CAS  PubMed  Article  Google Scholar 

  115. 115.

    Raman BB, Standley PR, Rajkumar V, Ram JL, Sowers JR (1995) Effects of estradiol and progesterone on platelet calcium responses. Am J Hypertens 8:197–200, 7755950, 1:CAS:528:DyaK2MXkvVGitbo%3D, 10.1016/0895-7061(94)00168-B

    CAS  PubMed  Article  Google Scholar 

  116. 116.

    Kemmeren JM, Algra A, Grobbee DE (2001) Third generation oral contraceptives and risk of venous thrombosis: meta-analysis. BMJ 323:131–134, 11463678, 1:STN:280:DC%2BD3MvhsVSmsw%3D%3D, 10.1136/bmj.323.7305.131

    PubMed Central  CAS  PubMed  Article  Google Scholar 

  117. 117.

    Baillargeon JP, McClish DK, Essah PA, Nestler JE (2005) Association between the current use of low-dose oral contraceptives and cardiovascular arterial disease: a meta-analysis. J Clin Endocrinol Metab 90:3863–3870, 15814774, 1:CAS:528:DC%2BD2MXmtlCisLc%3D, 10.1210/jc.2004-1958

    CAS  PubMed  Article  Google Scholar 

  118. 118.

    Petitti DB (2003) Clinical practice. Combination estrogen–progestin oral contraceptives. N Engl J Med 349:1443–1450, 14534338, 1:CAS:528:DC%2BD3sXotVGgsLY%3D, 10.1056/NEJMcp030751

    CAS  PubMed  Article  Google Scholar 

  119. 119.

    Chang CL, Donaghy M, Poulter N (1999) Migraine and stroke in young women: case–control study. The World Health Organisation Collaborative Study of cardiovascular disease and steroid hormone contraception. BMJ 318:13–18, 9872876, 1:STN:280:DyaK1M%2FptFCmug%3D%3D, 10.1136/bmj.318.7175.13

    PubMed Central  CAS  PubMed  Article  Google Scholar 

  120. 120.

    Collaborative Group for the Study of Stroke in Young Women (1975) Oral contraceptives and stroke in young women. JAMA 231:718–722, 10.1001/jama.1975.03240190022010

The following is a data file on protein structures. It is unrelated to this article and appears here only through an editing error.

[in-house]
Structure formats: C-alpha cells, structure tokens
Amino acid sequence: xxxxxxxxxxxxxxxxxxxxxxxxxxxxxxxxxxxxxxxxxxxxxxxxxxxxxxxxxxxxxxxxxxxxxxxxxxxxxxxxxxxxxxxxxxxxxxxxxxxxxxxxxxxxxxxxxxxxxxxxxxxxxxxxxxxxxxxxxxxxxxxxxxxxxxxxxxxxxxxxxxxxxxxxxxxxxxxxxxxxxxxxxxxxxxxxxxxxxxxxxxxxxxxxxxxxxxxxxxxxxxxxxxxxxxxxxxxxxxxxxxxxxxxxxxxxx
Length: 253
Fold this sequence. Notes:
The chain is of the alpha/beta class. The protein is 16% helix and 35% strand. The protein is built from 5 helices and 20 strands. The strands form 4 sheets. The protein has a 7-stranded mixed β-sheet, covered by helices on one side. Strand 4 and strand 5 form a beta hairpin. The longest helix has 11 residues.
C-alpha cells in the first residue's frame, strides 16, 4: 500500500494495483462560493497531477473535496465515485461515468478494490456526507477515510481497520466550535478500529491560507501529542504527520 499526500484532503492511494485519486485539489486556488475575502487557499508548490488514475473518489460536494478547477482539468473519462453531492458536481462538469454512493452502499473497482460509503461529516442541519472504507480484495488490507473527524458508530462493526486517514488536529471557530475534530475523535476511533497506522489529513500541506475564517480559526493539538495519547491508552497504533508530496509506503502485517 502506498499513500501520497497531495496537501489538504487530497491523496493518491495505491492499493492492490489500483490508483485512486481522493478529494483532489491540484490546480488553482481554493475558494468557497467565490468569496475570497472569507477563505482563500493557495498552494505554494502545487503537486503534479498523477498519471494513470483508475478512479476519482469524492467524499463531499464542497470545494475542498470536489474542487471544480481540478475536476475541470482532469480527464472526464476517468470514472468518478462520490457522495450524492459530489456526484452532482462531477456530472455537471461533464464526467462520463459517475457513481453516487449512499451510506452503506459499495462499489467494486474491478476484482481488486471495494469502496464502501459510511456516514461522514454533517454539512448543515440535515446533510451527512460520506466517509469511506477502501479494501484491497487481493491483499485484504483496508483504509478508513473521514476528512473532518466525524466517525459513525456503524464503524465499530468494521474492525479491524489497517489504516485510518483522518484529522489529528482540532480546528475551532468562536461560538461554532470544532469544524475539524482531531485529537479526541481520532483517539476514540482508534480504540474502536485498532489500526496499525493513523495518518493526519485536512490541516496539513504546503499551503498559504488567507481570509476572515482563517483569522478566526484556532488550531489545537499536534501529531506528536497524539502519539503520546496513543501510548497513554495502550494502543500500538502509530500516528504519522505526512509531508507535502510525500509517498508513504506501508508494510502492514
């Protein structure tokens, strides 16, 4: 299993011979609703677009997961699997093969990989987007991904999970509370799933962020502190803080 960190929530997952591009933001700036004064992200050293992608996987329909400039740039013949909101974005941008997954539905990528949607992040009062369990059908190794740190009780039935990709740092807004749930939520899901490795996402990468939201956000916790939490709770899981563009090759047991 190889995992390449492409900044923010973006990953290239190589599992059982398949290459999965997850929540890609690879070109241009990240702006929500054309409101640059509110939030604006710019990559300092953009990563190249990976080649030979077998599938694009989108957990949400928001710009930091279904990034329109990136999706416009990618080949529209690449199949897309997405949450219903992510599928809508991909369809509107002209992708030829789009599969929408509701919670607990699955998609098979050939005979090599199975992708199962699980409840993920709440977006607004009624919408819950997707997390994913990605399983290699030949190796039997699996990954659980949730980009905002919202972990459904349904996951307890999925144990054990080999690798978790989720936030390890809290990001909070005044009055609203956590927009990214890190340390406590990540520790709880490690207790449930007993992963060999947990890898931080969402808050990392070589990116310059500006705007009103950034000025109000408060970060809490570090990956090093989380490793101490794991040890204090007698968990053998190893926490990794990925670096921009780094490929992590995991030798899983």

Article  Google Scholar 

  121. 121.

    Lidegaard Ø (1993) Oral contraception and risk of a cerebral thromboembolic attack: results of a case–control study. BMJ 306:956–963, 8490470, 1:STN:280:DyaK3s3lvVSltw%3D%3D, 10.1136/bmj.306.6883.956

    PubMed Central  CAS  PubMed  Article  Google Scholar 

  122. 122.

    Lidegaard Ø (1995) Oral contraceptives, pregnancy and the risk of cerebral thromboembolism: the influence of diabetes, hypertension, migraine and previous thrombotic disease. Br J Obstet Gynaecol 102:153–159, 7756208, 1:STN:280:DyaK2M3nsFOluw%3D%3D, 10.1111/j.1471-0528.1995.tb09070.x

    CAS  PubMed  Article  Google Scholar 

  123. 123.

    MacClellan LR, Giles W, Cole J, Wozniak M, Stern B, Mitchell BD, Kittner SJ (2007) Probable migraine with visual aura and risk of ischemic stroke: the stroke prevention in young women study. Stroke 38:2438–2445, 17690308, 10.1161/STROKEAHA.107.488395

    PubMed  Article  Google Scholar 

  124. 124.

    Schwartz SM, Petitti DB, Siscovick DS, Longstreth WT Jr, Sidney S, Raghunathan TE, Quesenberry CP Jr, Kelaghan J (1998) Stroke and use of low-dose oral contraceptives in young women: a pooled analysis of two US studies. Stroke 29:2277–2284, 9804634, 1:STN:280:DyaK1M%2FitFOrtQ%3D%3D, 10.1161/01.STR.29.11.2277

    CAS  PubMed  Article  Google Scholar 

  125. 125.

    Tzourio C, Tehindrazanarivelo A, Iglésias S, Alpérovitch A, Chedru F, d’Anglejan-Chatillon J, Bousser MG (1995) Case–control study of migraine and risk of ischaemic stroke in young women. BMJ 310:830–833, 7711619, 1:STN:280:DyaK2M3islSntw%3D%3D, 10.1136/bmj.310.6983.830

    PubMed Central  CAS  PubMed  Article  Google Scholar 

  126. 126.

    Curtis KM, Mohllajee AP, Peterson HB (2006) Use of combined oral contraceptives among women with migraine and nonmigrainous headaches: a systematic review. Contraception 73:189–194, 16413849, 1:CAS:528:DC%2BD28XksVGrsQ%3D%3D, 10.1016/j.contraception.2005.08.009

    CAS  PubMed  Article  Google Scholar 

  127. 127.

    Hersh AL, Stefanick ML, Stafford RS (2004) National use of postmenopausal hormone therapy: annual trends and response to recent evidence. JAMA 291:47–53, 14709575, 1:CAS:528:DC%2BD2cXisV2htA%3D%3D, 10.1001/jama.291.1.47

    CAS  PubMed  Article  Google Scholar 

  128. 128.

    Hulley S, Grady D, Bush T, Furberg C, Herrington D, Riggs B, Vittinghoff E (1998) Randomized trial of estrogen plus progestin for secondary prevention of coronary heart disease in postmenopausal women. JAMA 280:605–613, 9718051, 1:CAS:528:DyaK1cXlslGqsLY%3D, 10.1001/jama.280.7.605

    CAS  PubMed  Article  Google Scholar 

  129. 129.